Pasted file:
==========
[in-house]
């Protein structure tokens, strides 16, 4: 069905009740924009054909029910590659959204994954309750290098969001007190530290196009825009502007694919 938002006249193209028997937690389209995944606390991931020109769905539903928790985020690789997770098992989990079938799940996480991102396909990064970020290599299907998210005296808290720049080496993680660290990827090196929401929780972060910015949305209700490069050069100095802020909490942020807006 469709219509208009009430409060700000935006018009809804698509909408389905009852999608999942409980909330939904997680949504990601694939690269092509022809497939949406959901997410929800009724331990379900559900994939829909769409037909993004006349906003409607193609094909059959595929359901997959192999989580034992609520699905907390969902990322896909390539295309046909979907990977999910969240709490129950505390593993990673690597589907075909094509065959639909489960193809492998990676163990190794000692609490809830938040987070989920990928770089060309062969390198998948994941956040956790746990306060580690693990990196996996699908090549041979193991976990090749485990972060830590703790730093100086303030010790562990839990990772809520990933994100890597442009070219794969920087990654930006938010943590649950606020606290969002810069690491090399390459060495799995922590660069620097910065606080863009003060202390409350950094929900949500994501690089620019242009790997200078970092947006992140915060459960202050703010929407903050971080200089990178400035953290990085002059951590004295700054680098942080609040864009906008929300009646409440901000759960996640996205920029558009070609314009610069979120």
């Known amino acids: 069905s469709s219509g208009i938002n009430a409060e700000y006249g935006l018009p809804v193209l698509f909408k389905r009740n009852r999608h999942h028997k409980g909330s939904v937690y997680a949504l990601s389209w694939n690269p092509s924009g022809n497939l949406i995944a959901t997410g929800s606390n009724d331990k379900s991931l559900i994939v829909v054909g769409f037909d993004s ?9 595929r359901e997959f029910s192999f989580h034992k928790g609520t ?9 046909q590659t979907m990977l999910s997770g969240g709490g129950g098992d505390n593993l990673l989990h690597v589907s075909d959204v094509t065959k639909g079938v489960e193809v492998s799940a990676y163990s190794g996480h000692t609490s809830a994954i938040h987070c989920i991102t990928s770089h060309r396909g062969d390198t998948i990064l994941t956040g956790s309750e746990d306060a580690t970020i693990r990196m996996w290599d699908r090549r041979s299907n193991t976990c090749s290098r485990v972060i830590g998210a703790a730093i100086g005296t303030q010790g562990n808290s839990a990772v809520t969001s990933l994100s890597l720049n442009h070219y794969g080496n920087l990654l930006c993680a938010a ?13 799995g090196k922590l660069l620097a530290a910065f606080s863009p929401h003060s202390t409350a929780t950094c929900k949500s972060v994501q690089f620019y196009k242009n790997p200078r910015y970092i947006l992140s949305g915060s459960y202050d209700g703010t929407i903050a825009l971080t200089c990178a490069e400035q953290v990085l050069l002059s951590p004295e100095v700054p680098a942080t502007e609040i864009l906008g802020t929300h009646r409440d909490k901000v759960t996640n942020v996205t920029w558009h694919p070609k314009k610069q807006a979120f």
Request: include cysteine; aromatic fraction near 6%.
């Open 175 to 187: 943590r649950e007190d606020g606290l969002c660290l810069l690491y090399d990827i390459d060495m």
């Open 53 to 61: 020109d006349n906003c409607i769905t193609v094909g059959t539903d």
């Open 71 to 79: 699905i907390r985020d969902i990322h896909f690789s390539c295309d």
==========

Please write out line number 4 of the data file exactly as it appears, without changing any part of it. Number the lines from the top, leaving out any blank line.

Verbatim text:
Request: include cysteine; aromatic fraction near 6%.